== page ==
Governor David Ige speaks during ceremonies honoring the 175th anniversary of Washington Place.
Bills that would benefit Hawaii’s sexual and gender minorities await Gov. David Ige’s attention. Cory Lum/Civil Beat/2022

Over the past eight years Ige’s administration has demonstrated a steadfast commitment to supporting the visibility and health needs of Hawaii’s LGBTQ+ community.

The Department of Health issued two reports focused on challenges faced by sexual and gender minorities. The data reflected in these reports show that SGMs experience significant discrimination and barriers in health care access.

As the reports note, minority stress is felt by those who’ve experienced negative events due to their stigmatized minority status and is associated with negative health outcomes like high rates of suicidality, substance use, depression and social anxiety.

Hawaii would join the relatively few states that have enacted similar laws.

SGMs are more likely to be the victim of physical, sexual, and psychological abuse and to engage in high-risk behaviors like binge drinking and unprotected sex.

Lesbian or bisexual women are three times more likely to report poor overall health than heterosexual women. In comparison to their cisgender and LGB peers, transgender and gender nonconforming youth are more likely to experience housing instability, attempt suicide and skip school because they feel unsafe, and be physically forced to have sexual intercourse.

Ige’s administration has continued to provide vital health services to Hawaii’s under-resourced communities. DOH’s Harm Reduction Services Branch helps ensure that those who test positive for HIV are linked to medical care and treatment that includes life-saving anti-retroviral medication. It also maintains its landmark statewide syringe access program, which has kept HIV rates low among people who inject drugs for over three decades and serves as a model for other states.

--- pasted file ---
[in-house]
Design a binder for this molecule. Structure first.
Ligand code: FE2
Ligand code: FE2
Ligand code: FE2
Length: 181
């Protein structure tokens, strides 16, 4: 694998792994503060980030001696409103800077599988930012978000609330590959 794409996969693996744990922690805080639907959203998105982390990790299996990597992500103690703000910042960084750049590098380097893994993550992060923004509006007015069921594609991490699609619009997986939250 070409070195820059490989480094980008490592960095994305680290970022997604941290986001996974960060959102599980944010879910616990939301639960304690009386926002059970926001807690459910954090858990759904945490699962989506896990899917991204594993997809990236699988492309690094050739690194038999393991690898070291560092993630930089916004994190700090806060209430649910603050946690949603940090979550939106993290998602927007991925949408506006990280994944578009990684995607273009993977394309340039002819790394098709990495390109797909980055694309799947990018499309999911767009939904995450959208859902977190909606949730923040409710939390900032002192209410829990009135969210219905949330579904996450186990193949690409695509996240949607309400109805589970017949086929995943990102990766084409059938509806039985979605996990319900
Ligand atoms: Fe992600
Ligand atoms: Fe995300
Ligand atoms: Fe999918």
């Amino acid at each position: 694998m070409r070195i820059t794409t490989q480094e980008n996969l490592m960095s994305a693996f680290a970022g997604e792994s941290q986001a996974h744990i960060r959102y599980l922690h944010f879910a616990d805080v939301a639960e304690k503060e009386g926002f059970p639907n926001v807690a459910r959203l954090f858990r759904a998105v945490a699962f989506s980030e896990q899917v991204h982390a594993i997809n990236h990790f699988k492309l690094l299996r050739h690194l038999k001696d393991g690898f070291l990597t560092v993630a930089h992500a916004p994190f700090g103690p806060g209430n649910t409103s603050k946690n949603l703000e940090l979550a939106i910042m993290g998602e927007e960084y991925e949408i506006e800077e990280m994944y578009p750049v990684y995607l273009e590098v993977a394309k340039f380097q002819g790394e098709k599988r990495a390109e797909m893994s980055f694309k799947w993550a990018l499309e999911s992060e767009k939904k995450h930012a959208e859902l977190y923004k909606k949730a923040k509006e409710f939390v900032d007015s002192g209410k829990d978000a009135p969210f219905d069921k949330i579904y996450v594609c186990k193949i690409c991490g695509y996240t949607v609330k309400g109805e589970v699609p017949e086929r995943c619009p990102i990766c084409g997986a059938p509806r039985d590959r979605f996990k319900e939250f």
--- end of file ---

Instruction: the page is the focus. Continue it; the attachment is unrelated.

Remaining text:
Ige is also the first Hawaii governor to issue proclamations supporting Transgender Day of Remembrance and World AIDS Day.

HB 2405, SB 2136 and SB 2670 can strengthen his record of inclusive and compassionate leadership and bestow a tangible legacy of policies benefiting Hawaii’s SGMs for years to come.

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About the Authors

Nikos Leverenz

Nikos Leverenz is the Hawaii Health and Harm Reduction Center grants and advancement manager.

Maddalynn Sesepasara

Maddalynn “Maddie” Sesepasara is the manager of the Kuaana Project, the transgender services program of the Hawaii Health and Harm Reduction Center.

Latest Comments (0)

Thanks to my good friends Nikos and Maddie for submitting this. As for the commissions and caucuses it is very important that they be inclusive. That means sex workers from within the local trans-community and their allies and advocates need to have their voices heard. Some months ago five leaders of the trans-community here, including myself and Maddie, put out a statement "Mahu Should be Heard". Since then I have talked to various supporters of these initiatives and believe we are on the same page. However, one never knows what politicians will do.

Tracyar · 8 months ago

Might "tourists" want to move to Hawaii for a year (Insurance waiting period) and then get free surgery on the house?

Kalama · 8 months ago

I don't think anyone has an issue with equality. We all believe in it. What is issue some have is what is being called equity. Equality = Equal and even playing field. Equity = Is the same outcome no matter what (all get a trophy). Life does not work that way.

Stopthemadness · 8 months ago